Phlebopus bruchii is currently known only from
subxerophytic Montane Chaco Forests (“Bosque Serrano”) of central Argentina, in an altitudinal range from 600 to 1400 m a.s.l, in the Sierras Chicas and Sierras Grandes of Córdoba and San Luis provinces. The species has a potential distribution throughout the extension of the Montane Chaco Forests from Central Argentina, along northern-central mountains reaching southern Bolivia, restricted to an altitudinal range between 600-1400m, associated with mature forests patches where Fagara coco (Rutaceae) and Lithraea molleoides (Anacardiaceae) are present. However, there are no records of the species outside Córdoba and San Luis provinces (Central Argentina), hence so far being endemic of this area even though it has been searched for in other suitable habitat. The species is likely undergoing severe population decline due to habitat loss. The forest fragments where it grows are extremely endangered and more than 90% have been lost between 1969 and 1999 (Zack et al 2004, Atala et al 2009). This decline is still ongoing, mainly due to logging and fire. As the species is restricted to these closed canopy forests, Phlebopus bruchii is estimated to have had a population decline of 80-90% in the last 50 years, a decline that is still ongoing.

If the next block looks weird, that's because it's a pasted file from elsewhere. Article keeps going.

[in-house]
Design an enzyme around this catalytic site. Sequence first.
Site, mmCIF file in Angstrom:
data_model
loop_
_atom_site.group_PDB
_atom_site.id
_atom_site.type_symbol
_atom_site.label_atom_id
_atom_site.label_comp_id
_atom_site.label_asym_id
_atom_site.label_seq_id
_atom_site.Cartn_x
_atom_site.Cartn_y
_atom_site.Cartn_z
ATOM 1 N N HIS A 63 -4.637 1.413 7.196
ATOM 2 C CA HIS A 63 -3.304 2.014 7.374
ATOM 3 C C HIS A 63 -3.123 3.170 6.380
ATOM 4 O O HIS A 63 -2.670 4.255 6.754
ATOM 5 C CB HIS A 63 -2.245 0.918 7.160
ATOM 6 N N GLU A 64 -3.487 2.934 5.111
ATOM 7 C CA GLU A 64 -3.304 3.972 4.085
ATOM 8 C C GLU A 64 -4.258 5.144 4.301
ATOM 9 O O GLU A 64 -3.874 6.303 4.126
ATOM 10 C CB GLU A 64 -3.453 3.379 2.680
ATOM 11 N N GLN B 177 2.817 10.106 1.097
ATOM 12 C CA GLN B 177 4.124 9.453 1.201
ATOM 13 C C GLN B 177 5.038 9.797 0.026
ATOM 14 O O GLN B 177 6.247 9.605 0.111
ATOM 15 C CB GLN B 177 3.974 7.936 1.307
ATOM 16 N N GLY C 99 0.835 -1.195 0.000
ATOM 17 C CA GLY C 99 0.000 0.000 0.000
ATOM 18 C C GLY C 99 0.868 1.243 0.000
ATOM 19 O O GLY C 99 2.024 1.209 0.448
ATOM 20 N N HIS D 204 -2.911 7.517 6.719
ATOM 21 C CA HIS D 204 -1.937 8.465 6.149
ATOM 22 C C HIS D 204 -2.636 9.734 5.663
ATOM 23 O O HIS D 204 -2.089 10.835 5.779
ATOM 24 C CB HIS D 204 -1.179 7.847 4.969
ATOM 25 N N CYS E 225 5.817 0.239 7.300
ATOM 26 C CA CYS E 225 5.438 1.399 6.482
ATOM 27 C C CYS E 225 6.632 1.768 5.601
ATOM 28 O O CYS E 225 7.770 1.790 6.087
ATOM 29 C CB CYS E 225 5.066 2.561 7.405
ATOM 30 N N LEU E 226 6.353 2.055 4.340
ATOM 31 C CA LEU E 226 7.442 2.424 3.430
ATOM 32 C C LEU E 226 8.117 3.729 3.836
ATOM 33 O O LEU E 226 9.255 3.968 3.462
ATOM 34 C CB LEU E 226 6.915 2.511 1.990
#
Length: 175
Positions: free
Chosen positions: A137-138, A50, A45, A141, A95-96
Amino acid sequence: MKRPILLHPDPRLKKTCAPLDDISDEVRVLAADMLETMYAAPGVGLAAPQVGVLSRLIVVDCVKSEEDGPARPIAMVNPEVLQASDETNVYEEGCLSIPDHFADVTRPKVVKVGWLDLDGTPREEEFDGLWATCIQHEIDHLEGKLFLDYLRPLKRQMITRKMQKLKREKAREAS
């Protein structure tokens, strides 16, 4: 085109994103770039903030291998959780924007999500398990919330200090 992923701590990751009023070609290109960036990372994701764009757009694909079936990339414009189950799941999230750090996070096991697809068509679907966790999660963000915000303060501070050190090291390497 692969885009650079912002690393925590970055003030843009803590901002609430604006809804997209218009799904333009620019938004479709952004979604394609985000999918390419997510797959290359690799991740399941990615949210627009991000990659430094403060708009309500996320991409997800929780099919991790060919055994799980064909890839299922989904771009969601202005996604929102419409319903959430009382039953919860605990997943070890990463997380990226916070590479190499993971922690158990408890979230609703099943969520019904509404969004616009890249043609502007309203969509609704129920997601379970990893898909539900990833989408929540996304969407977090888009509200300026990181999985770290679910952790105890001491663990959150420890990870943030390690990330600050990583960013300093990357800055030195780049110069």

Phlebopus bruchii is the only native wild edible species from Cordoba forests sought and collected by local people. It is considered of better quality than other exotic species (such as Suillus spp.) that grow in exotic pine forests established in the region and is under threat from uncontrolled harvesting. The development of a sustainable use management plan of the species and a legal frame for its commercialization is needed. Because of the decline in suitable habitat and intense pressure from harvesting the species is assessed as Critically Endangered.